WASHINGTON -- If America is attacked, we might be saved by blimps. No, not state-of-the-art jet fighters that can fly well beyond the speed of sound. But blimps: lumbering, relatively jovial blimps -- the manatees of aviation.
Within a year, a pair of souped-up $2.7 billion blimps (price includes R&D) will be floated 10,000 feet above the District of Columbia and act as a 340-mile-wide eye in the sky, detecting incoming missiles and the like.
The design and testing phase for JLENS -- the (deep breath) Joint Land Attack Cruise Missile Defense Elevated Netted Sensor System, produced by Raytheon, a major weapons manufacturer -- is over, relays Program Director Doug Burgess to Popular Mechanics. Now, it is time for implementation. Or, as he puts it, "[We're] getting away from the Ph.D. engineer types running the system to the 20- or 25-year-old soldier running the system."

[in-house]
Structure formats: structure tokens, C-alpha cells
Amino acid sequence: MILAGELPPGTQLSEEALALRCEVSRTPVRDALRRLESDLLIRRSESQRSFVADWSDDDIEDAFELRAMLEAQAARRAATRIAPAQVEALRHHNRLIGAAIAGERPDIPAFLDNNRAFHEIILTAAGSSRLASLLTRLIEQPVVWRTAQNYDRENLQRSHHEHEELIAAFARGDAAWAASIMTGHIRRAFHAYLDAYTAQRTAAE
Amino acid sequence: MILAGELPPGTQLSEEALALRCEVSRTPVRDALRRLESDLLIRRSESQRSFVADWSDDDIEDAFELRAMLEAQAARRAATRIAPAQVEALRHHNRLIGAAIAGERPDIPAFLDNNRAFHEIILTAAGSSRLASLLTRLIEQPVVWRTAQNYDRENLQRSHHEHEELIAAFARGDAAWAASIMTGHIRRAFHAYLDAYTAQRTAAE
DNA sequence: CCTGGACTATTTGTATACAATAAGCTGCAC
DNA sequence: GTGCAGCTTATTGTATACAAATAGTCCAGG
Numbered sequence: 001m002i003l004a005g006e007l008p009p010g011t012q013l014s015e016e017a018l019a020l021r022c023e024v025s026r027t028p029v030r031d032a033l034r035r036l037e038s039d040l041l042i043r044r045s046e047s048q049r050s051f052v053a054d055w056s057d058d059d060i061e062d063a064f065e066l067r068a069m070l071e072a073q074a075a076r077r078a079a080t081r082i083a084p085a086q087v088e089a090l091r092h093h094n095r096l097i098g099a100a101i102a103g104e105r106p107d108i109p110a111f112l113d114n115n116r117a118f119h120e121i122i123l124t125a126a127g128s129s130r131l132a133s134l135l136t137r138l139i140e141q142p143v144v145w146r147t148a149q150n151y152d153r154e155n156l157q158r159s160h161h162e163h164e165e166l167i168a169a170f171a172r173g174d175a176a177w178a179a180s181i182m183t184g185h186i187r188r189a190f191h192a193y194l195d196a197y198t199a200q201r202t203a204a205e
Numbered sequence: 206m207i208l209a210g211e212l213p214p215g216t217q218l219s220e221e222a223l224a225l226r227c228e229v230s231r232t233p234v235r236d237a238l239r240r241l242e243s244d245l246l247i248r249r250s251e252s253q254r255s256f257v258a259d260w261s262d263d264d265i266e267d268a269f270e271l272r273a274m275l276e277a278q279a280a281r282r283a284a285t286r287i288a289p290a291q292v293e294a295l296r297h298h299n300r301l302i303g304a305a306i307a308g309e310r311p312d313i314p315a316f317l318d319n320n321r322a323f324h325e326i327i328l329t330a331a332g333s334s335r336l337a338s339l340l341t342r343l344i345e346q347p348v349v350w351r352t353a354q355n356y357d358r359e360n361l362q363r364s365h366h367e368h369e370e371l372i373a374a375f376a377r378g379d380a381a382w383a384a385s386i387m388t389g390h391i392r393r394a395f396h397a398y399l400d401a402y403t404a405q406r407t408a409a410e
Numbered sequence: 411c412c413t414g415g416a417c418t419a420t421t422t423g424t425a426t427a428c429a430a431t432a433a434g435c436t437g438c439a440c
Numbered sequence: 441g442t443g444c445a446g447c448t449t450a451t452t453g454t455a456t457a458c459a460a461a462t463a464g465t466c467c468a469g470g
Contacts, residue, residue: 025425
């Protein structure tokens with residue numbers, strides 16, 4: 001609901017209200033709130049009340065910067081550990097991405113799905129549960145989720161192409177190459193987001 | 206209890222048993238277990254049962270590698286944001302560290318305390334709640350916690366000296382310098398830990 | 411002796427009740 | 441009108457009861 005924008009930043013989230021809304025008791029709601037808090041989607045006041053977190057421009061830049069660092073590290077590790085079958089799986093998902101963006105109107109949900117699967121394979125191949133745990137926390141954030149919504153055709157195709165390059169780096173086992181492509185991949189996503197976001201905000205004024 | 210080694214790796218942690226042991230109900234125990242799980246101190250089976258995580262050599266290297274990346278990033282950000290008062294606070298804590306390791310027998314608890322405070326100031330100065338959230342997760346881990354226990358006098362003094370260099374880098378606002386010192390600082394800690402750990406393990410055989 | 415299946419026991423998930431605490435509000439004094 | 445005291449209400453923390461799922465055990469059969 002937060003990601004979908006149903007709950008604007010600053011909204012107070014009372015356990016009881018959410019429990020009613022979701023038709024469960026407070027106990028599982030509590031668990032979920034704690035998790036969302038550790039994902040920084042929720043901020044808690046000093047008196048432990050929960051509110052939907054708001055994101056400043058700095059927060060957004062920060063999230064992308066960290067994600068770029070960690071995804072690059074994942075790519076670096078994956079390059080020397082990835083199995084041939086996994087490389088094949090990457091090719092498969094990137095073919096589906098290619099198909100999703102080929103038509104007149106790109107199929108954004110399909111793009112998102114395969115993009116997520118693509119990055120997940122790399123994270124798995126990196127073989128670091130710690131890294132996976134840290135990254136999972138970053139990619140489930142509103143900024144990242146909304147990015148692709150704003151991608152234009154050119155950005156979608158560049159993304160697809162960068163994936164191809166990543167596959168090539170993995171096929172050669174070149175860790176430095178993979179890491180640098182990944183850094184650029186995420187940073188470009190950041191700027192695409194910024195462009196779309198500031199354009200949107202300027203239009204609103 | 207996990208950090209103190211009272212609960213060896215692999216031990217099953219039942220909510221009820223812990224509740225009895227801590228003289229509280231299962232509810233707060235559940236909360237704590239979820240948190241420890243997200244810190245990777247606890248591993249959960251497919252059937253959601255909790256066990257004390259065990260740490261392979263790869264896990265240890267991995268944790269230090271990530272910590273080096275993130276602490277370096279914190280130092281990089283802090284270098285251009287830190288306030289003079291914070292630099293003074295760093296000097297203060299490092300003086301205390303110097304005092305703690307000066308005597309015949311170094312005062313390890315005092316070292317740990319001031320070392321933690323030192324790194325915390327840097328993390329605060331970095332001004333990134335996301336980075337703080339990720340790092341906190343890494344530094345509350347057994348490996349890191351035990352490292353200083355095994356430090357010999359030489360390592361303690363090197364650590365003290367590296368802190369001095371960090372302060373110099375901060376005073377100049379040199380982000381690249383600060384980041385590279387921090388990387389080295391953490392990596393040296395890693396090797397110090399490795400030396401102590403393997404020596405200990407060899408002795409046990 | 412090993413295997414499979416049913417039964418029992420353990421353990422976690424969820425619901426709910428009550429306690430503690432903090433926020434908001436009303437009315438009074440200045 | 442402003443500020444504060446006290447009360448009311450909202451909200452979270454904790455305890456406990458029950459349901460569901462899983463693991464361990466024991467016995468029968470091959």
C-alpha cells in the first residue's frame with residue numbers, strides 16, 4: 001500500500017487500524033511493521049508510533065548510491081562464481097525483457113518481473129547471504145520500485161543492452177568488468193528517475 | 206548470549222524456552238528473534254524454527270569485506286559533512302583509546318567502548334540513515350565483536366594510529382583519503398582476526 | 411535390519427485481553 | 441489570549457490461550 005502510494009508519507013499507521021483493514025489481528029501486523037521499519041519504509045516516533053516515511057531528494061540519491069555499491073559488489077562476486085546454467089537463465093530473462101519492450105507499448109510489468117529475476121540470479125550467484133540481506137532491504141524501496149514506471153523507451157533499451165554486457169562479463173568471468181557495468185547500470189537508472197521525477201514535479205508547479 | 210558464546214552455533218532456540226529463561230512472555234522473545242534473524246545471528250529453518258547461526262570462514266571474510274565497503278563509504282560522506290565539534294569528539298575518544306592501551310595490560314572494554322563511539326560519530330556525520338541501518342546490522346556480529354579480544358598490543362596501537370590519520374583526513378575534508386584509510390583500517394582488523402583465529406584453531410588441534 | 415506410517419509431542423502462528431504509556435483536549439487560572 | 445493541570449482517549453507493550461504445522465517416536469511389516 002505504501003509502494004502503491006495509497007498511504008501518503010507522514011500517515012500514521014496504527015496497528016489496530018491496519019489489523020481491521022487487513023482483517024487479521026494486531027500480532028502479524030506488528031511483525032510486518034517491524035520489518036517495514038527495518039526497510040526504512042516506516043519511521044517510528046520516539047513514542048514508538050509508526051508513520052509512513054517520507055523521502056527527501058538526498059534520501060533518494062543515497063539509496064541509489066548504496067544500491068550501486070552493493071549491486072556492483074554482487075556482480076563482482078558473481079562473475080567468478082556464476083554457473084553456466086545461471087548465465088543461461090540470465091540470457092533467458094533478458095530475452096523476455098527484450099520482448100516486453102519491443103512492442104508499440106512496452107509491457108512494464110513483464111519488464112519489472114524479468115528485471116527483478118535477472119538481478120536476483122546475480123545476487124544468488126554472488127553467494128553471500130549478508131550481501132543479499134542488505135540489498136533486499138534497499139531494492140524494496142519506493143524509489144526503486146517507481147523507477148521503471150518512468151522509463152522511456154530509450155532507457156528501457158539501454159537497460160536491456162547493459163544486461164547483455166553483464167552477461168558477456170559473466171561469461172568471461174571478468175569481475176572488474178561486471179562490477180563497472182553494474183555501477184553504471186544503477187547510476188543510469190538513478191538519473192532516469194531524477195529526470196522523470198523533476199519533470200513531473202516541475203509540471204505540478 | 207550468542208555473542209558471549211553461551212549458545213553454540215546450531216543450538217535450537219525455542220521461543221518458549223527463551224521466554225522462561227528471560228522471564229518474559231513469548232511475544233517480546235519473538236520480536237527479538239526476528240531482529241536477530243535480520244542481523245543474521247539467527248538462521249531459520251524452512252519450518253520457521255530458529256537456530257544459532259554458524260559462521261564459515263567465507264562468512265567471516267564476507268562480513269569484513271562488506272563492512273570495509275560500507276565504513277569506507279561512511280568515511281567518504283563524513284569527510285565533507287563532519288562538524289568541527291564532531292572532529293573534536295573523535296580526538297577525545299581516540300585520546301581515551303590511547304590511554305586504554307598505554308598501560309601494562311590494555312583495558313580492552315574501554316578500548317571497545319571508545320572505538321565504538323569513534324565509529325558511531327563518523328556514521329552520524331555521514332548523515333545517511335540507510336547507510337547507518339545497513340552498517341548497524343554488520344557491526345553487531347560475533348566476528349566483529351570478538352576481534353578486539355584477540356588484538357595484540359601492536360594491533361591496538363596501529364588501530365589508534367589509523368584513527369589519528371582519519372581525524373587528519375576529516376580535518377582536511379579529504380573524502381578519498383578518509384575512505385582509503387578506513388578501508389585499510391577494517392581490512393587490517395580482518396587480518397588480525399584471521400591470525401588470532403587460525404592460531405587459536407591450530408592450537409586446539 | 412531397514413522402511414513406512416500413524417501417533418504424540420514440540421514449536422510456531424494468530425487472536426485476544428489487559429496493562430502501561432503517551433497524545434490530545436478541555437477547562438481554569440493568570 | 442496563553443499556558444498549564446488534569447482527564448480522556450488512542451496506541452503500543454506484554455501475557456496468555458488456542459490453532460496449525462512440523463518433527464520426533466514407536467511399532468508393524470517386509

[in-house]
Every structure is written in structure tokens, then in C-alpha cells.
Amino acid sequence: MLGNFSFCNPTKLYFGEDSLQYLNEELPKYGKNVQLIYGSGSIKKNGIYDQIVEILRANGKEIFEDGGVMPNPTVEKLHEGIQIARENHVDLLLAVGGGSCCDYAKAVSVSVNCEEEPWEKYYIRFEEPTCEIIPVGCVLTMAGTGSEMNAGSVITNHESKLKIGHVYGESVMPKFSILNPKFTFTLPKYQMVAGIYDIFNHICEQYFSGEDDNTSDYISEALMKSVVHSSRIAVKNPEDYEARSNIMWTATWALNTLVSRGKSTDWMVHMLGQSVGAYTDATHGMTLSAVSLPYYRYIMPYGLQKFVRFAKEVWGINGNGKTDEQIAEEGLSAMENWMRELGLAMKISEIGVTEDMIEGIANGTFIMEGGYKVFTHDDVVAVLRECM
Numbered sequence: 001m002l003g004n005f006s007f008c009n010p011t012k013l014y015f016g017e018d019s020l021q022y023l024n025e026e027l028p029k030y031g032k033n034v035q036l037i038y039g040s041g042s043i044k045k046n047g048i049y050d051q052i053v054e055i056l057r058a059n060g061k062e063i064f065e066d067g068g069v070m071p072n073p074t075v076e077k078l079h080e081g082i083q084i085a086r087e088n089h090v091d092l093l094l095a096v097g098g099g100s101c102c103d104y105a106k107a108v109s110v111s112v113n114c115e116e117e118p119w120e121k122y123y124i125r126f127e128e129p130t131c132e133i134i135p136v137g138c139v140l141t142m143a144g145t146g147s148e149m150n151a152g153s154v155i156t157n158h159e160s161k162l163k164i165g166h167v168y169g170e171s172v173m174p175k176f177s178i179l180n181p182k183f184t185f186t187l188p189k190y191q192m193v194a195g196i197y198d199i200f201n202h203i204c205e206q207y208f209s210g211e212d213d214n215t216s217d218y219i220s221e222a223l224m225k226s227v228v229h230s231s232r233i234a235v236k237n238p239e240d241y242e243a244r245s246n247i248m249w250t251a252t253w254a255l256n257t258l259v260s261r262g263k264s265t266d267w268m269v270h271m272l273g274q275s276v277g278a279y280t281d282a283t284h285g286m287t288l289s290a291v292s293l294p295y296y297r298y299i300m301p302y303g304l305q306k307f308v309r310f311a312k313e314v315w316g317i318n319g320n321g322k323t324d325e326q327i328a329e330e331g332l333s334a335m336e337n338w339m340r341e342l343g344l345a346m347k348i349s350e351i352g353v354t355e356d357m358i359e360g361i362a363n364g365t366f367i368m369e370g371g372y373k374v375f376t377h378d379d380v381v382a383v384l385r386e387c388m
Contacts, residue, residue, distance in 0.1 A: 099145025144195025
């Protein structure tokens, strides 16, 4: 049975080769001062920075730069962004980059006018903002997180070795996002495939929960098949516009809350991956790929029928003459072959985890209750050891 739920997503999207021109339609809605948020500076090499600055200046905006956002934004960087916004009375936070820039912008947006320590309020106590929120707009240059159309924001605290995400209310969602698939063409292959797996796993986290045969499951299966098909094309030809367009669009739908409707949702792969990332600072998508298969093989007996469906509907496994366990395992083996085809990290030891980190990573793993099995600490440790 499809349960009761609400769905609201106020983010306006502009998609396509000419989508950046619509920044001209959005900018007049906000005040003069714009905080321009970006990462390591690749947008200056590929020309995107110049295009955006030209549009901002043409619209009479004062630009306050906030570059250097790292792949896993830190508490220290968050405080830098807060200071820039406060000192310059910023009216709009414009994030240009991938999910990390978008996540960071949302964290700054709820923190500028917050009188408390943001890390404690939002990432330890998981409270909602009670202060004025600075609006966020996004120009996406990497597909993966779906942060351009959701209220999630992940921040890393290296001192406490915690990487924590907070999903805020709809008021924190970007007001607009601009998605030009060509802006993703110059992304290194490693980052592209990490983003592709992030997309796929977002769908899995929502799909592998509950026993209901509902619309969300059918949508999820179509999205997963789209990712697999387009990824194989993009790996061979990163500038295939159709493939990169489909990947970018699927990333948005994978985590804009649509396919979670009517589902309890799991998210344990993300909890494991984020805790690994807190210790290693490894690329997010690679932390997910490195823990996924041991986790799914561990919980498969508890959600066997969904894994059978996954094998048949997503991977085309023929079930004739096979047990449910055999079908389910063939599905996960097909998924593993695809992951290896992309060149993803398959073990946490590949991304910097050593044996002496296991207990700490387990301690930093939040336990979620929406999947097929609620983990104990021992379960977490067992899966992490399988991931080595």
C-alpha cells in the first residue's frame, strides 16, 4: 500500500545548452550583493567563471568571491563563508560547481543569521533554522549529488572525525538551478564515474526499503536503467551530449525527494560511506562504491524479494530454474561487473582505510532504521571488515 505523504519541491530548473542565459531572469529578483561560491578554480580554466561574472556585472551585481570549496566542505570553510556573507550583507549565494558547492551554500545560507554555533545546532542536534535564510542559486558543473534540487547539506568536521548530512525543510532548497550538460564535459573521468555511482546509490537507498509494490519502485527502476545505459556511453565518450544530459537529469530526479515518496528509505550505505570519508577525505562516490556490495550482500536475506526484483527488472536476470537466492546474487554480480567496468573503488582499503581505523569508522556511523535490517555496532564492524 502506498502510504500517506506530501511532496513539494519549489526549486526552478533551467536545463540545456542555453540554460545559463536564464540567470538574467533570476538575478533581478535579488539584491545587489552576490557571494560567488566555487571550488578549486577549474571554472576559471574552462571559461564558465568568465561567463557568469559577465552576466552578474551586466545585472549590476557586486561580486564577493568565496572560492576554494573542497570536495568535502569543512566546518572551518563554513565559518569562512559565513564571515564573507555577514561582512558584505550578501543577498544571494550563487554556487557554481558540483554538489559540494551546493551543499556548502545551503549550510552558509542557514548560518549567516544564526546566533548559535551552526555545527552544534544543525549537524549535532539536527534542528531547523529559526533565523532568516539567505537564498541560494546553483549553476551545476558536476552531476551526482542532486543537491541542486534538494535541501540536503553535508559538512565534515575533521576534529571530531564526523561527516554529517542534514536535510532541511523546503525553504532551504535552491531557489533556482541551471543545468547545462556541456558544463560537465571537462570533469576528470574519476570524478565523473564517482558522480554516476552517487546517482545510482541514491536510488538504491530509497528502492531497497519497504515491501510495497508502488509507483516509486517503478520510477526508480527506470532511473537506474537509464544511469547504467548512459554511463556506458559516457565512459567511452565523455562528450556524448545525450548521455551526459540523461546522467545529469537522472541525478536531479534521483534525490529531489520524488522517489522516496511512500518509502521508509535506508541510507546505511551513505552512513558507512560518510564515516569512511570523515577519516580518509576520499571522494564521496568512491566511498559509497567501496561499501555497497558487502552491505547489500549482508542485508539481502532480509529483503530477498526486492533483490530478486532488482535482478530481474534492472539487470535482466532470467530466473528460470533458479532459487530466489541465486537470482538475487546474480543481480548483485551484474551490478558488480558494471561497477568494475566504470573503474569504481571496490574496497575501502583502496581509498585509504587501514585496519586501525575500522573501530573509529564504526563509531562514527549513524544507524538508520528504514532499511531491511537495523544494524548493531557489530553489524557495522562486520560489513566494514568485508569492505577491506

The idea to employ blimps to protect a city is actually not new. During World War II, London deployed a similar system to protect against Nazi air strikes. The barrage balloons, as they were called, acted as fence posts for a spool of wire that would make it difficult for planes to maneuver in the city. Basically, they were barbed wire fences suspended a few thousand feet in the air. They were also filled with hydrogen, which upon impact with a plane would explode. This is what they looked like: